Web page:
Yesterday I was FINALLY ready to go to the butcher and get the ingredients I needed to make my first batch of bone broth. Seriously, it has taken me forever to get to this point, because I needed to read and re-read and understand why I would suddenly start to embrace all of these foods and practices that my whole life my nose had been trained to scrunch up at in disgust.
Unfortunately, I discovered that the butcher I was going to had changed their practices in the time I had spent mulling it all over. Now they no longer advertise a grass fed beef program, they switched to a NatureSource Natural Angus program. Admittedly it is probably a world better than what I would get at any chain grocery store, just in the fact that it’s beef guaranteed to be vegetarian fed, but all of the beef now has a minimum 120 day finishing on corn. I literally shed tears of frustration.
Just as an aside, is it not disgusting that non-human-consumable animal parts are incorporated back into the feed of animals grown for slaughter?
Still, I called the butcher to see if they had the parts I needed for this broth. They had only one of the four parts I was looking for.
Let’s just get this out of the way, these were the suggested parts: marrow bones, knuckle bones, neck bones or rib bones, calf foot.
At this point I needed to decide if it would still be beneficial to make the broth if I had to use standard issue grain fed cow parts purchased at the grocery stores available to me. I still don’t know the answer to that question, truly. I decided to go ahead with the project anyhow, and I spent my Saturday on a goose chase trying to find the best quality available to me. I checked a really large Asian market, because I had seen that bone broth was a huge part of Korean cooking. I thought that there was a chance they might carry some of the things I was looking for that seemed less common and/or harder to find. I couldn’t read much of the packaging, and left empty handed. Whole foods was next. Their meat counter has a rating system on the meats, so it was an easy choice. Unfortunately they didn’t have everything either, and the items they did have weren’t rated because they were in the freezer rather than the fresh meat counter. I took a chance that they were still better than the everyday average products found at the big chain stores. Finally I went to a local grocery store that I had noticed sold “different” products in the past. BINGO!! I got my last couple of items. Not grain fed, not organic; available was my only criteria at this point. I never in my life would have imagined that a calf foot was easier to find than knuckle bones.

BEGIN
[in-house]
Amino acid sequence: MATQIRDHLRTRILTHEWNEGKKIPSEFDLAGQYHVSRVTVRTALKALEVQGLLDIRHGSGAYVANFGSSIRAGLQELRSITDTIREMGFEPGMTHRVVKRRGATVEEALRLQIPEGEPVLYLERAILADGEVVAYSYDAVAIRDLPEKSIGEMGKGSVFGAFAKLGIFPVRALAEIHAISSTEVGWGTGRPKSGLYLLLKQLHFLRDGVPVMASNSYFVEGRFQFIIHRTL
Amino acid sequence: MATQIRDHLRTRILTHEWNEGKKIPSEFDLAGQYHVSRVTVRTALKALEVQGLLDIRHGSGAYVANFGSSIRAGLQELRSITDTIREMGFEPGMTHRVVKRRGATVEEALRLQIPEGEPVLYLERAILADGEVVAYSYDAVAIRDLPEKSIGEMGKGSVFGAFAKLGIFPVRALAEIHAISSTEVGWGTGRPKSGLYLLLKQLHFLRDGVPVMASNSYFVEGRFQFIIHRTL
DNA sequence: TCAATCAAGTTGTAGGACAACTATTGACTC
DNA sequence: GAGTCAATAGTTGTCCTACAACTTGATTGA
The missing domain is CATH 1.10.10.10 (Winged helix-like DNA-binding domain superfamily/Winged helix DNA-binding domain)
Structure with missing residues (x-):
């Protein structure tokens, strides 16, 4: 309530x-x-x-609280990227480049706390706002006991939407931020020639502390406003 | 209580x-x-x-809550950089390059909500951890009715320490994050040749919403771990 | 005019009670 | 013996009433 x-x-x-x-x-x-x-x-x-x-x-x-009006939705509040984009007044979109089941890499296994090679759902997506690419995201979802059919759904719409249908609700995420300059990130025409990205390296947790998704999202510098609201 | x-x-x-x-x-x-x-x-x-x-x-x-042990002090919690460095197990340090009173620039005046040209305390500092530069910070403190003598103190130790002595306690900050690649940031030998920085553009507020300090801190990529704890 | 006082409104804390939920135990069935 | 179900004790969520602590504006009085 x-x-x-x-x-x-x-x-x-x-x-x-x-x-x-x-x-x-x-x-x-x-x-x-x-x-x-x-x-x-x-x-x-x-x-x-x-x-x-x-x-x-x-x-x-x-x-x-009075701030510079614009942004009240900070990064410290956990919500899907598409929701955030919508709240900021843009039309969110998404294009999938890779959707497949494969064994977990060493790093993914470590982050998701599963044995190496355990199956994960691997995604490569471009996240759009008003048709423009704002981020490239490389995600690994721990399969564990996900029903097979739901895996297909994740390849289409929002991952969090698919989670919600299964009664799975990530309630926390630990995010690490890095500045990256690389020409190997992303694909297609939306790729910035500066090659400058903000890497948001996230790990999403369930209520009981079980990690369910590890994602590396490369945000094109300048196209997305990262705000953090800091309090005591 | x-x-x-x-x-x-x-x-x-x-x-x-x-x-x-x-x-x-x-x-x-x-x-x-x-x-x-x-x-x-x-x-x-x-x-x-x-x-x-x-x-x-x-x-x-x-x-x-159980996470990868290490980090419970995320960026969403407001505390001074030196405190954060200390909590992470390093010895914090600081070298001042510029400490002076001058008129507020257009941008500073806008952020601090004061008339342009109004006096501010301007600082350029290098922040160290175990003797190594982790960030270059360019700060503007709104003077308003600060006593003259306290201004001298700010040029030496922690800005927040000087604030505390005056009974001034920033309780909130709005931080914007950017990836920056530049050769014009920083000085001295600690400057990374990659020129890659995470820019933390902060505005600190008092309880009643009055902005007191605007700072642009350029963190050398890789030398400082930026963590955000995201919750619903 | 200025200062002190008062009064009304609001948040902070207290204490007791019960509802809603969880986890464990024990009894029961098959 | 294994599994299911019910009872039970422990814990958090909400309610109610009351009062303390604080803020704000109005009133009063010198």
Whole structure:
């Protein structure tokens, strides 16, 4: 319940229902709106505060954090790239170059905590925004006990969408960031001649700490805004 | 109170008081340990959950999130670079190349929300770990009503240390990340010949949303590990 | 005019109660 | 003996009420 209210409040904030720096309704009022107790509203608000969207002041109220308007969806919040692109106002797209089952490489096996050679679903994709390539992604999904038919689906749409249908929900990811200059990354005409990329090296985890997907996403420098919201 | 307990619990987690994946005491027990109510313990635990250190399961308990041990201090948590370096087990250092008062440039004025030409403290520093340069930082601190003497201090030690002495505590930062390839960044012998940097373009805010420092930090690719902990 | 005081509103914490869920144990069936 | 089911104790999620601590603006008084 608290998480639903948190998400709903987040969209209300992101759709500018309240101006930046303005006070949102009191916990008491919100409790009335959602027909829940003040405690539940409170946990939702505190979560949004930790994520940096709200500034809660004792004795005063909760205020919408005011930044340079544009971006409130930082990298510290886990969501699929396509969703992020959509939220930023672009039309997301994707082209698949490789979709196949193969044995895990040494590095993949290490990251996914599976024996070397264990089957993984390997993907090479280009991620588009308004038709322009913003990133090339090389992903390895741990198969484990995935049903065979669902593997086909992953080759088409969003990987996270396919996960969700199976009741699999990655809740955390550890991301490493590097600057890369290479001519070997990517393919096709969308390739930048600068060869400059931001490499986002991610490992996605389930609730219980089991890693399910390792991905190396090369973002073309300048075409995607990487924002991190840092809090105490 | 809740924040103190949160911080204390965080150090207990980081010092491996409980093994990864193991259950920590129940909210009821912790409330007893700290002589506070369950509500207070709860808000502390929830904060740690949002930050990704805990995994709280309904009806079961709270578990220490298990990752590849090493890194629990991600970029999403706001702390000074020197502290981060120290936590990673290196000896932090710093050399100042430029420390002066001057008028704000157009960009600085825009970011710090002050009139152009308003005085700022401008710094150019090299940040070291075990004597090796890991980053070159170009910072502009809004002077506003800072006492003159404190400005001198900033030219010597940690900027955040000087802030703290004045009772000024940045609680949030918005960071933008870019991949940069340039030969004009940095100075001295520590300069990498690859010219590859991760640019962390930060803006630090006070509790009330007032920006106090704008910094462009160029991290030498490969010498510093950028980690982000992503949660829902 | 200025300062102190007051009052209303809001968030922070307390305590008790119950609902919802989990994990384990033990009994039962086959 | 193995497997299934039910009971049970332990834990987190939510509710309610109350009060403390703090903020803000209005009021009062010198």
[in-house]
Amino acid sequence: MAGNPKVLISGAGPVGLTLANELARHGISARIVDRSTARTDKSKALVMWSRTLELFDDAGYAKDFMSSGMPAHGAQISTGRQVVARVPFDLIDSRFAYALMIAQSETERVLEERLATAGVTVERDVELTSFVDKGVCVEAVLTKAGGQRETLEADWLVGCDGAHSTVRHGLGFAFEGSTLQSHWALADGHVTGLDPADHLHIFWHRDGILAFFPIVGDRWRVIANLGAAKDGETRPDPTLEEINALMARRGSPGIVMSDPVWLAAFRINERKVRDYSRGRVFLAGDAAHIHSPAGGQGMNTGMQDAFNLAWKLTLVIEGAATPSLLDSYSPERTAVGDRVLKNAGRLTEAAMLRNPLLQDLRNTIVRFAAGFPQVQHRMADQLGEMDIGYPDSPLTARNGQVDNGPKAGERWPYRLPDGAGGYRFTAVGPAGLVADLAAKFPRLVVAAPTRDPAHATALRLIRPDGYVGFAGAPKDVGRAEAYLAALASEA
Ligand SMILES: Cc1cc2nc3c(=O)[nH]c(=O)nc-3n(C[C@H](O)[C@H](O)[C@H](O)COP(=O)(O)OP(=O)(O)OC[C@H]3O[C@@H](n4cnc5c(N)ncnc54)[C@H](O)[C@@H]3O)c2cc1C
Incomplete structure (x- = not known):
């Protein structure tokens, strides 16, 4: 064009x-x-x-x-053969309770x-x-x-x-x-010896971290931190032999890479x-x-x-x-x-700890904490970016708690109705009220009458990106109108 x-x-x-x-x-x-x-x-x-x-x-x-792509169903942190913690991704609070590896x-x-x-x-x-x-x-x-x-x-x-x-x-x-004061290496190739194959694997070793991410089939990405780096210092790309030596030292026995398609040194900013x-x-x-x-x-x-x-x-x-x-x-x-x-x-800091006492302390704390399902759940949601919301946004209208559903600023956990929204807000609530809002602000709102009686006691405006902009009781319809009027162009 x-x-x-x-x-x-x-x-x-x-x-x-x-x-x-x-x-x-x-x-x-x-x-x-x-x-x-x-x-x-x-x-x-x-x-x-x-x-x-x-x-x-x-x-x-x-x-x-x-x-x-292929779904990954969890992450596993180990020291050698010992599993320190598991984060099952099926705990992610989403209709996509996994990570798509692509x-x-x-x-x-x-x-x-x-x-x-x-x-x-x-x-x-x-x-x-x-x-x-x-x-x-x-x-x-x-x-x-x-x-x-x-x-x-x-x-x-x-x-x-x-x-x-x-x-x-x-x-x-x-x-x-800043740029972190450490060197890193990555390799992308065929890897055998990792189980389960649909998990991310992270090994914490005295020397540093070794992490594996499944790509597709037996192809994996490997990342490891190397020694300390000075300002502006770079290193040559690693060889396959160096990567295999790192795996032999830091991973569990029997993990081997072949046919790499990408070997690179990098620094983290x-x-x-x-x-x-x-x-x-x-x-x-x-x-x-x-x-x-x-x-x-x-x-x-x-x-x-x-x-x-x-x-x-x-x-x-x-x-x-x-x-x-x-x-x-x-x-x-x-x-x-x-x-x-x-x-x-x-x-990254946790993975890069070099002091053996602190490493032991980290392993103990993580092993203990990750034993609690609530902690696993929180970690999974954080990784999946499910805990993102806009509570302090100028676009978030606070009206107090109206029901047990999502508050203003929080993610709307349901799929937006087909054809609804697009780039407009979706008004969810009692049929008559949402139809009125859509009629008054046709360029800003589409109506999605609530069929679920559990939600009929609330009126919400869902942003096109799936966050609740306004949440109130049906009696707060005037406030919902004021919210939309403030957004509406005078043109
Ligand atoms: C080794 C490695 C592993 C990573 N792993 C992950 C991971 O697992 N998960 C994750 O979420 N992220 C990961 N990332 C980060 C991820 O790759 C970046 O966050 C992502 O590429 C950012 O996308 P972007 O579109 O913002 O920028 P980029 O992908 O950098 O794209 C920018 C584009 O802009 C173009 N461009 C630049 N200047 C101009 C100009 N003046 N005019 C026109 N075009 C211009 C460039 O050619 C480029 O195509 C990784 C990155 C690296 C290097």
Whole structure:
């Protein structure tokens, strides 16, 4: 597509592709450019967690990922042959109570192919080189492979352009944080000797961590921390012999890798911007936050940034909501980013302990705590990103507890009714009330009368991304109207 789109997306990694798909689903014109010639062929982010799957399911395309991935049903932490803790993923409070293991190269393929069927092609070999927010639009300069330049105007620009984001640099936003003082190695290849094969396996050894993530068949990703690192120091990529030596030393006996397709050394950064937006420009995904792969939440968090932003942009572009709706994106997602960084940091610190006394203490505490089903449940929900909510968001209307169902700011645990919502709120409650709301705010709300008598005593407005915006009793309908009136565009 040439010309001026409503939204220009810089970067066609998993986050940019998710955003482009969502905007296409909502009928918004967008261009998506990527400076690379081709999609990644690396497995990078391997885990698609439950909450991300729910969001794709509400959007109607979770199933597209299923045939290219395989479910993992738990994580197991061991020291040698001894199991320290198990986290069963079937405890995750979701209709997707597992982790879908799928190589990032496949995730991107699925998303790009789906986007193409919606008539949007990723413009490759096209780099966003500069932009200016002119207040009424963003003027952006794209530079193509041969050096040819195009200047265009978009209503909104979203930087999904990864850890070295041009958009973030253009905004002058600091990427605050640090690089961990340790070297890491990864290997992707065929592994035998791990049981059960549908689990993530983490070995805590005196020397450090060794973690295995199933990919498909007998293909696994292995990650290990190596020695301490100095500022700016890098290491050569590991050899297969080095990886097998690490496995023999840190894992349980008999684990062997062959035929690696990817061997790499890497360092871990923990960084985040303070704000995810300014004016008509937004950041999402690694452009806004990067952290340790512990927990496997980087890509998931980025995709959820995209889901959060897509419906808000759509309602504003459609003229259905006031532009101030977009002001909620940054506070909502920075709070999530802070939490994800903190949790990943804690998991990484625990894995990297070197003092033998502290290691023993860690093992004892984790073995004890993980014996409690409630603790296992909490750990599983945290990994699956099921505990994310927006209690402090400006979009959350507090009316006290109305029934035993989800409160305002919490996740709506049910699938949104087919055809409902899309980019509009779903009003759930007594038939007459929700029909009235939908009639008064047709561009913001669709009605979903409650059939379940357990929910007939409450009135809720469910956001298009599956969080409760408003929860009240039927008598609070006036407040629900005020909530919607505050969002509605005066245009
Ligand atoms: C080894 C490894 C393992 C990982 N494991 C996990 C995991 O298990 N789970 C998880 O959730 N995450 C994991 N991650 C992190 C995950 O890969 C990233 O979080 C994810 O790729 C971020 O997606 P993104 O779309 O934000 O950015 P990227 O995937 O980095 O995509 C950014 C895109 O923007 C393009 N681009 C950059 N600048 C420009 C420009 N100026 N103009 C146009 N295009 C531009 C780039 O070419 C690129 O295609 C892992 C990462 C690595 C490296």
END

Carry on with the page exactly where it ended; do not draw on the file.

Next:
The best part of all of this went down at the last store. I had to ask for the neck bones at the counter because I didn’t see them. The man came out and grabbed a couple off of the shelf to show me. I stood there looking at them in a stupor, and he said to me “I don’t know which one you want…. they’re for your dog, right?” to which of course I answered ‘uhhhhhh, yea. my dog. yep.’ I’m such a dope sometimes.
The stock simmering in my oven gives new meaning to the expression “put a foot in it.”
Anyone who can answer whether using standard-issue non pasture raised beef parts in my stock is going to be detrimental rather than beneficial, please comment. I’d love it if you could either put my mind at ease, or let me know not to waste my time on this again unless I can find pasture raised parts.